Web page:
Active cancer is a known risk factor for arterial venous and arterial thrombosis. MedUni Vienna has now performed the first population-based study to analyse the risk of venous thromboembolism, pulmonary embolism, heart attack and stroke. This country-wide analysis showed that the relative risk of arterial and venous thromboembolism is elevated in cancer patients of all age groups.
Up until now, no large-scale population-based data were available for the thrombosis risk in the entire population of people with cancer or the risk within specific types of cancer. Within the framework of the nation-wide analysis that has now been performed, ICD-10 diagnosis codes were extracted from the database of the Austrian Association of Social Security Providers. All publicly insured persons in Austria from the years 2006 – 2007 was included in the analysis.
This enabled the MedUni Vienna research team, led by Ella Grilz, Ingrid Pabinger (member of the management of the Comprehensive Cancer Center/Executive Board) and Cihan Ay from the Division of Hematology and Hemastasology of the Department of Medicine I, to determine the risk of arterial and venous thromboembolism in cancer patients from all age groups more accurately than had been possible in previous studies: "We were able to establish that the relative risk of both arterial and venous thromboembolism was significantly higher in patients with cancer in all age groups than in people of the same age without cancer," says lead author Ella Grilz, explaining the new findings. "The relative risk of thromboembolism was highest in younger patients, which could point to a direct effect of cancer and/or cancer treatment."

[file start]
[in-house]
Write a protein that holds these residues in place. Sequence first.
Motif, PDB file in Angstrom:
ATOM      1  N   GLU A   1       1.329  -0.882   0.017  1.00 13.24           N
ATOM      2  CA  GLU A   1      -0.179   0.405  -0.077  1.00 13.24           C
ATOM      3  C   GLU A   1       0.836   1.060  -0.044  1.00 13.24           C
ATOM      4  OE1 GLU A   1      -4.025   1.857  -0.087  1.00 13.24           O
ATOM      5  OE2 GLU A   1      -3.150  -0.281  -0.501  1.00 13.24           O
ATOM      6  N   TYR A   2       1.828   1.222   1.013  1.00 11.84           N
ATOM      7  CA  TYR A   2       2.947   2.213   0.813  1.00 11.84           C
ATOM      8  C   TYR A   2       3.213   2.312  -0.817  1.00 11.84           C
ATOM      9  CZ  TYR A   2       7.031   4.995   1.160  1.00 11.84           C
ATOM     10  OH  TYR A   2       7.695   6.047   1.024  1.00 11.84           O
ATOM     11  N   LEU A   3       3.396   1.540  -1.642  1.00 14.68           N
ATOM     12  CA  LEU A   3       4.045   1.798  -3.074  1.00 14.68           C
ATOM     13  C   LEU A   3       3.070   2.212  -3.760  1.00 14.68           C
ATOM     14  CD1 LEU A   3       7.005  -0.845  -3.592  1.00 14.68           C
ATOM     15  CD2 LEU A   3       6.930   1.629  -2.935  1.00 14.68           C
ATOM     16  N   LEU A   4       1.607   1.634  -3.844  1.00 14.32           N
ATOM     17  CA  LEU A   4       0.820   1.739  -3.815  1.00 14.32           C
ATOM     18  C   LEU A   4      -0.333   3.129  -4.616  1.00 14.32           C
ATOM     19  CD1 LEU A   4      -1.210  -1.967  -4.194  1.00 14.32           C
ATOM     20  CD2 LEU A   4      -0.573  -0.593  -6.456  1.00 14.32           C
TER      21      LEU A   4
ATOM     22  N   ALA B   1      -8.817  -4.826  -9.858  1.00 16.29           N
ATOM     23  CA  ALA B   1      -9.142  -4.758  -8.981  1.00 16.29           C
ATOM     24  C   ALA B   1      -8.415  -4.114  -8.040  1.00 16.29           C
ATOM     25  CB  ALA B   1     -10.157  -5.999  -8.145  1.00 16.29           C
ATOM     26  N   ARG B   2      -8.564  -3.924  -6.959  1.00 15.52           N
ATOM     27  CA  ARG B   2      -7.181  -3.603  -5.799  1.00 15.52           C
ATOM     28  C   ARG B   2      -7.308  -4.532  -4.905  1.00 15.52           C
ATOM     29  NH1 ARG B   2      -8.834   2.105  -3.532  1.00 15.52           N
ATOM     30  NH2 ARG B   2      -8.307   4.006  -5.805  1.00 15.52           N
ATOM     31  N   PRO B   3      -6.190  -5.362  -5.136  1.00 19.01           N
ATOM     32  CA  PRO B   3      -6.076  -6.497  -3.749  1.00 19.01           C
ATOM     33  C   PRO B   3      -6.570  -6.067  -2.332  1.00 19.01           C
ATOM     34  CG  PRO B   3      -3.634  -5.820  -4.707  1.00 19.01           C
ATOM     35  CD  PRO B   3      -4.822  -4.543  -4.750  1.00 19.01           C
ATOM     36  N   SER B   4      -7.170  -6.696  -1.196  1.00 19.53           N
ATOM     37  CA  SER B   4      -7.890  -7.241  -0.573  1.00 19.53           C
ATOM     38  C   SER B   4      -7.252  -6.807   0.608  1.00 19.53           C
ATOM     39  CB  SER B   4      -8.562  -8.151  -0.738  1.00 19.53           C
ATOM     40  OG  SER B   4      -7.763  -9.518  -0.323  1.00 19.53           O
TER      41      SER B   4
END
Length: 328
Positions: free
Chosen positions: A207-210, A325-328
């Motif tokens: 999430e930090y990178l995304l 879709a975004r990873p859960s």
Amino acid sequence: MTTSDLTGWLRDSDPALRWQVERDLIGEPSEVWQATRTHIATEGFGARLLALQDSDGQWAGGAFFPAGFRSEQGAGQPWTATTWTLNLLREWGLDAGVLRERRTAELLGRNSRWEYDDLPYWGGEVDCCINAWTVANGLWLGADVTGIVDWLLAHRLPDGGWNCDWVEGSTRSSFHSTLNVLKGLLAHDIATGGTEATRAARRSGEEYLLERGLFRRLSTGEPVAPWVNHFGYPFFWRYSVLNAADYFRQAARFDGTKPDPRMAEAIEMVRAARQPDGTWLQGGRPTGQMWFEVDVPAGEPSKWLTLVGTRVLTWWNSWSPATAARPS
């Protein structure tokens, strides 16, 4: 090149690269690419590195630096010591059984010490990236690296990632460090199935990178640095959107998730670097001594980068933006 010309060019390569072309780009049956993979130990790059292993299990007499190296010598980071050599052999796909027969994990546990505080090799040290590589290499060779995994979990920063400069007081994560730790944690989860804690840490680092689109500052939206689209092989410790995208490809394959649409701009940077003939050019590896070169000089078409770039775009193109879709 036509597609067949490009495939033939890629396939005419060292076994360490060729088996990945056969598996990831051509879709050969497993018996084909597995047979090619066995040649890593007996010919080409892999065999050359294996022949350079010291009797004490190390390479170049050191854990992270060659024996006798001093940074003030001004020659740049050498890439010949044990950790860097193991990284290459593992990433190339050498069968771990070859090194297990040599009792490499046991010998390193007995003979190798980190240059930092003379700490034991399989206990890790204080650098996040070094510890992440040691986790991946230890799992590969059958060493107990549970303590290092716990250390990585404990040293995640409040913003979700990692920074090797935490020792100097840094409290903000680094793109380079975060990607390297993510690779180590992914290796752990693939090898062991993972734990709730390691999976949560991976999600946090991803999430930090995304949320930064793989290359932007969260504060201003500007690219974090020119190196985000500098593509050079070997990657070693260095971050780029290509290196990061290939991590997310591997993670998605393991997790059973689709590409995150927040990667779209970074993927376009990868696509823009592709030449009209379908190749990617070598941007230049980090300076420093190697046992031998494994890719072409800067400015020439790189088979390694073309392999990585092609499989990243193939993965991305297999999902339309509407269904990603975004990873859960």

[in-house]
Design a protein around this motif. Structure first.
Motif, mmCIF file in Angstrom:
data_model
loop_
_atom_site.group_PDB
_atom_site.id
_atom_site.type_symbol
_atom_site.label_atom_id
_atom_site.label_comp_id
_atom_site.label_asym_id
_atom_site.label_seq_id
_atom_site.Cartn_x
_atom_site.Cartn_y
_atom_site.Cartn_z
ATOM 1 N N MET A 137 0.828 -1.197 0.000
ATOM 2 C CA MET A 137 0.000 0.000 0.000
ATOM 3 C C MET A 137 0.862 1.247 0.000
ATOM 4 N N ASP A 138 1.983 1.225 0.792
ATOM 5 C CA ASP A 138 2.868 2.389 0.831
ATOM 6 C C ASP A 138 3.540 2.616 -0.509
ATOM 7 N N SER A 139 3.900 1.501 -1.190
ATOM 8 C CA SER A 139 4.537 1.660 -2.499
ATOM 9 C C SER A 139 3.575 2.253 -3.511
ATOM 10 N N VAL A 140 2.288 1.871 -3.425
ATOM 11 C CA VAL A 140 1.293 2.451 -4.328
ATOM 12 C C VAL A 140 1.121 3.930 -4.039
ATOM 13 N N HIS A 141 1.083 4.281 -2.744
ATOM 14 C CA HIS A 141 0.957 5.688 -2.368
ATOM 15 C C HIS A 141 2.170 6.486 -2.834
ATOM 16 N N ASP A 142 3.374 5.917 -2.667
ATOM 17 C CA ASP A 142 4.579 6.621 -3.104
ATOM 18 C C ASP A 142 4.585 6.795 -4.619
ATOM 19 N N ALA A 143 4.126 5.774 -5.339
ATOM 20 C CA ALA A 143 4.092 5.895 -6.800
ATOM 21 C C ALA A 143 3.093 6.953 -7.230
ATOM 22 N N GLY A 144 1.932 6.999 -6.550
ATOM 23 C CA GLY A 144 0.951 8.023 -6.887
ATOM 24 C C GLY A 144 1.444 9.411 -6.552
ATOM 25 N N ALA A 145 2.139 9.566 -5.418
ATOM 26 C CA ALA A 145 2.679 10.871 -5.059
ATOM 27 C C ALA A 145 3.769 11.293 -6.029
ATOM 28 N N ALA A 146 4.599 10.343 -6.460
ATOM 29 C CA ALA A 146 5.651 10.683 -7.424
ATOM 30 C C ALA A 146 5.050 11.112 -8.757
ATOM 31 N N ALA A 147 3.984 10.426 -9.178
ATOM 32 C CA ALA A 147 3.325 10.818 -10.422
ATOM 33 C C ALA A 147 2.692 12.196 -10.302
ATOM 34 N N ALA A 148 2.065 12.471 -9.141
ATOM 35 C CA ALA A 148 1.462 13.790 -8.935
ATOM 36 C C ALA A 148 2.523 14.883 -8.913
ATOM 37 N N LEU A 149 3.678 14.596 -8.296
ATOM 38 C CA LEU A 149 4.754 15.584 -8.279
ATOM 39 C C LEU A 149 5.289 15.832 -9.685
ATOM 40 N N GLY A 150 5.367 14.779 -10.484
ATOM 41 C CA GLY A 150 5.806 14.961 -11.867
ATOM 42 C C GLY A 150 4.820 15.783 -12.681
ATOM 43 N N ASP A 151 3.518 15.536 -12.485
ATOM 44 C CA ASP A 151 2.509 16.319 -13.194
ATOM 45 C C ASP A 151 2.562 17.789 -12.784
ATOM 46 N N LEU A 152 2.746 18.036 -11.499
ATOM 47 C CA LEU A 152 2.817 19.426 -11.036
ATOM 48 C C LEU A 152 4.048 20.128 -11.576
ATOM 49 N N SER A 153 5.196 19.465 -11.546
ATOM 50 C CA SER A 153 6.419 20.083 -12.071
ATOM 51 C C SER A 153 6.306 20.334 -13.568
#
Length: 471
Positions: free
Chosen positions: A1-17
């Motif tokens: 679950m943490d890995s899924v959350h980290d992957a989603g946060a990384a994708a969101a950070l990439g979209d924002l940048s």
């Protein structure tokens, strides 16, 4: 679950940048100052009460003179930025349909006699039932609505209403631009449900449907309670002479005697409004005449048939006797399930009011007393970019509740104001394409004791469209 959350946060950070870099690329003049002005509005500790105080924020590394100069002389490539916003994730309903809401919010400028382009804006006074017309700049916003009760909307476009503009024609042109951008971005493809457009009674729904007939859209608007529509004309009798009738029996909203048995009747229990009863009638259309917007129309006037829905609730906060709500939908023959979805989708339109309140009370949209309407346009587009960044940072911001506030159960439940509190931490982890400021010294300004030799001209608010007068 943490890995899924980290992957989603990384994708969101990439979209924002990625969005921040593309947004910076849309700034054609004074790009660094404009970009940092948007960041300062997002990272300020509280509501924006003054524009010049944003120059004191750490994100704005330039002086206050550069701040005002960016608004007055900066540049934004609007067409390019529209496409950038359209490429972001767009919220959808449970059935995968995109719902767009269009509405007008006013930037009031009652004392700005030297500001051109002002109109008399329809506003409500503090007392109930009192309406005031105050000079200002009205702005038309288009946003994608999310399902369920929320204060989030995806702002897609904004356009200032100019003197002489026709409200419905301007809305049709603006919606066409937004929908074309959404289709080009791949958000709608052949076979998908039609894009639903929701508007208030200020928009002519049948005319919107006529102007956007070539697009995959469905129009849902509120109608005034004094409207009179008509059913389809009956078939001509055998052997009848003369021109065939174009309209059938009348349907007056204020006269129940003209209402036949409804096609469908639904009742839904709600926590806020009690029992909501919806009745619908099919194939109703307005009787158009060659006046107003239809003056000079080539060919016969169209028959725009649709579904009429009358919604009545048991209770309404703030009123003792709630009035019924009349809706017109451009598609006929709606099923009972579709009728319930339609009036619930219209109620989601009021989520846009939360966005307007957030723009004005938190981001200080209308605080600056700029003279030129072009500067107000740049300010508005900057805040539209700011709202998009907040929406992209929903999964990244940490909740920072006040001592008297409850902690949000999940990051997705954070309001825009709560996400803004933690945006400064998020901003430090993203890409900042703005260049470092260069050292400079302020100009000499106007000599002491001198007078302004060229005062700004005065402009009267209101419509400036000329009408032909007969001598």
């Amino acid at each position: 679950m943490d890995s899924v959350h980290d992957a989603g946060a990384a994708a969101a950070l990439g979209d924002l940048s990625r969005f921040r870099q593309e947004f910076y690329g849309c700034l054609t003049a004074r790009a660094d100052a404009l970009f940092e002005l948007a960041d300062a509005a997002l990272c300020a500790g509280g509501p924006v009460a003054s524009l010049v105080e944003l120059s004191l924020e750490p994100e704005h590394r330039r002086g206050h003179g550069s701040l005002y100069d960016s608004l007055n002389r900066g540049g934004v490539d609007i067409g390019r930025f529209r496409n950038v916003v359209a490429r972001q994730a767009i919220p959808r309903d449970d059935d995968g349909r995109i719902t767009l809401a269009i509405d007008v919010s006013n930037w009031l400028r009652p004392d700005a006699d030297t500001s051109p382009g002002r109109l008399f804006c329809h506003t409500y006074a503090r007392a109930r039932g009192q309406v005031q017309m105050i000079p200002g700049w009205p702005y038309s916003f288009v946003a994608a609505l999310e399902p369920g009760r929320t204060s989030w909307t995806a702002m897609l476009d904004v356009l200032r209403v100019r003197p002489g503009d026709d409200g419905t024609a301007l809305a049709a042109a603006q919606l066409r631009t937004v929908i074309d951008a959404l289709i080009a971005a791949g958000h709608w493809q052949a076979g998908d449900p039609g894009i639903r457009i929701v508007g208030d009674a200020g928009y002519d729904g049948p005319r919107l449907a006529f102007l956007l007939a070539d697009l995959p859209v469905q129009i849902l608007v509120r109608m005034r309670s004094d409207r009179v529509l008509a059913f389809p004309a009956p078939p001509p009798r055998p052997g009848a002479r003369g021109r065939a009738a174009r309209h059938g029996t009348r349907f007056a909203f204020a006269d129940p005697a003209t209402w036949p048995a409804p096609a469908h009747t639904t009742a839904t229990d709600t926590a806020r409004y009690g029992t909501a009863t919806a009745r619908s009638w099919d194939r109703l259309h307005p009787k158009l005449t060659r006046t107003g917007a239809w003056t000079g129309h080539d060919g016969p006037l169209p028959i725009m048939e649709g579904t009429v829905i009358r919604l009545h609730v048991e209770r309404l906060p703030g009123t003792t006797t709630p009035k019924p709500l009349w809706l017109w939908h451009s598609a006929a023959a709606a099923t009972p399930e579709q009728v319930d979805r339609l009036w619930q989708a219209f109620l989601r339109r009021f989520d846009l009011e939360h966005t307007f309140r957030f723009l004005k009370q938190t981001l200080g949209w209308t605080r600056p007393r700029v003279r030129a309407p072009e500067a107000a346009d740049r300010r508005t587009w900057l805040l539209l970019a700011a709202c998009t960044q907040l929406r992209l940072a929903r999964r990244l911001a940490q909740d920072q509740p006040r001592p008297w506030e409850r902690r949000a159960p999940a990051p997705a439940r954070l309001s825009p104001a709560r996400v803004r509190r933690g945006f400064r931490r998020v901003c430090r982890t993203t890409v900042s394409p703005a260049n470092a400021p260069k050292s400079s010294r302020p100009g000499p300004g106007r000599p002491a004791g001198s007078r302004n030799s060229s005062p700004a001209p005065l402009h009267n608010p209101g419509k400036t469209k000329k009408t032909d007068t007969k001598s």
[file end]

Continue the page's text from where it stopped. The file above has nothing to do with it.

The recent study, which was published in the European Heart Journal, showed that patients with cancer have a 6.88 times higher relative risk of arterial thromboembolism (heart attack, stroke, peripheral vascular occlusion) and 14.91 times higher relative risk of venous thromboembolism (deep vein thrombosis and pulmonary embolism). While the relative risk for arterial thromboembolism was highest in patients with urinary tract malignancies, patients with cancer of the mesothelium/soft tissue had the highest relative risk of venous thromboembolism.
The study also showed that approximately 11% of all arterial and 20% of all venous thromboembolisms occur in patients with cancer. Cihan Ay comments: "The results not only highlight the high frequency of venous thromboembolism and the additional burden this represents for cancer patients but also support the premise that a cancer diagnosis can favour the occurrence of heart attack or stroke. In future we must therefore make medical professionals more aware of cancer-associated thrombosis, since this will become increasingly prevalent in an ageing population."
Service: European Heart Journal
“Relative Risk of Arterial and Venous Thromboembolism in Persons with Cancer versus Persons without Cancer – A Nation-Wide Analysis.” Ella Grilz, Florian Posch, Stephan Nopp, Oliver Königsbrügge, Irene M. Lang, Peter Klimek, Stefan Thurner, Ingrid Pabinger, Cihan Ay. LINK